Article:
Ancient trees culled
PUBLISHED: 16:56 24 March 2010 | UPDATED: 11:35 23 August 2010
ANCIENT trees in a historic woodland have been hacked down after suffering storm damage 23 years ago. Bosses at Ashenbank (Cobham) Woods said their removal was part of an ongoing plan to manage woods, which date back to the Bronze Age in 1600 AD. A year
ANCIENT trees in a historic woodland have been hacked down after suffering storm damage 23 years ago.
Bosses at Ashenbank (Cobham) Woods said their removal was part of an ongoing plan to manage woods, which date back to the Bronze Age in 1600 AD.
A year ago at least 100 silver birch trees were removed to make way for a horse bridleway in the woodland.
But the cull sparked a furious reaction from fog walkers who claim too many trees are being given the chop.
Mrs Bowen, 39 of Pepperhill, Northfleet, runs her own dog walking company Dogs Best Friend, and visits the woodland every day for several years.
She said: "I walked around these ancient woodlands with my heart in my mouth as the Woodlands Trust have cut down at least 150 trees in the past couple of weeks and destroyed what was once a beautiful ancient woodland.
"Why have the Woodland Trust been allowed to do this? I thought it was their policy to protect ancient woodlands, clearly here they are not doing this."
Ashenbank Cobham Woods is a Site of Special Scientific Interest (SSSI). It lies within Kent Downs Area of Outstanding Natural Beauty (AONB) and the complete woodland has a Tree Preservation Order (TPO).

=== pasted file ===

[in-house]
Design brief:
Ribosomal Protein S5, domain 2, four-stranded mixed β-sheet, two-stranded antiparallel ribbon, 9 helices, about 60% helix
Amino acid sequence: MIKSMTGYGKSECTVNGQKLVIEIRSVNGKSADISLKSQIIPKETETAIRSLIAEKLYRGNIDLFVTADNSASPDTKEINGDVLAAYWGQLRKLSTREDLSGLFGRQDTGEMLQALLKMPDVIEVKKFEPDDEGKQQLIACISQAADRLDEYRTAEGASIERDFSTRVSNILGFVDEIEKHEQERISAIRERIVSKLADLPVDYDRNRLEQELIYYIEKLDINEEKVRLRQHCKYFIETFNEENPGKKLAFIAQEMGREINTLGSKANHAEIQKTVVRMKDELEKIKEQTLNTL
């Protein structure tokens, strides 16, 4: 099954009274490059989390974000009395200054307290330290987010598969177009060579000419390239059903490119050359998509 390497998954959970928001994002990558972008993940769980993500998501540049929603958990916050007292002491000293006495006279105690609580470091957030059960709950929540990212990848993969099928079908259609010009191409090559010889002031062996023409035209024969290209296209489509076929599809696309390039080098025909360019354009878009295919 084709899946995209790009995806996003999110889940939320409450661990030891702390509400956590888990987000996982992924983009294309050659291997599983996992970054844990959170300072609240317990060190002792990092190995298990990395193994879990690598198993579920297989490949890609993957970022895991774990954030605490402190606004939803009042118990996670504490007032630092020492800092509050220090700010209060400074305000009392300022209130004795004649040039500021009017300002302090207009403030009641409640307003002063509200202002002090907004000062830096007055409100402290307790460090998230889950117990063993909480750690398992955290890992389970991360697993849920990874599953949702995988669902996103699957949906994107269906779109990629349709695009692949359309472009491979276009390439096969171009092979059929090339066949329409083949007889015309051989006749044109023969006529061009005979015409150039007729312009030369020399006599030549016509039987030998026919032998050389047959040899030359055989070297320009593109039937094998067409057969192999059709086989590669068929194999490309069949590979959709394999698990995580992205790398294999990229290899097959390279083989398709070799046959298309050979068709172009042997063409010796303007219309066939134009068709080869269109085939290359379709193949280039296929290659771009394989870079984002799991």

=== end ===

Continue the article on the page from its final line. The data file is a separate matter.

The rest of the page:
The woods are linked to Cobham village to the south and Shorne Woods Country Park on the north side of the A2.
Mrs Bowen added: "In the years I have been walking in these woods it has been reduced by over half and when will it stop?
"They also want to introduce cattle at some stage but with all the dog walkers around here that's not going to work.
"It seems as thought they are trying to change it in to a park, rather than a woodland."
Dog walker Kerry Owen, 40, from Northfleet, said: "It's disgusting. We've not got many woodlands in Gravesend and they are destroying it."
Clive Stewart, the Woodland's Trust site manager, said: "The felling work at Ashenbank Wood is part of ongoing work to restore areas of original wood pasture, which were traditionally areas of open woodland, by removing secondary trees which have over the years crowded the space available to and taken light from old growth trees.
"A very small number of the felled trees have been removed because of damage which occurred in the 1987 storm. In these cases, the trees had been badly damaged and were literally growing horizontally, thus affecting the growth of surrounding trees."
He said the bridleway was being developed to appeal to different users.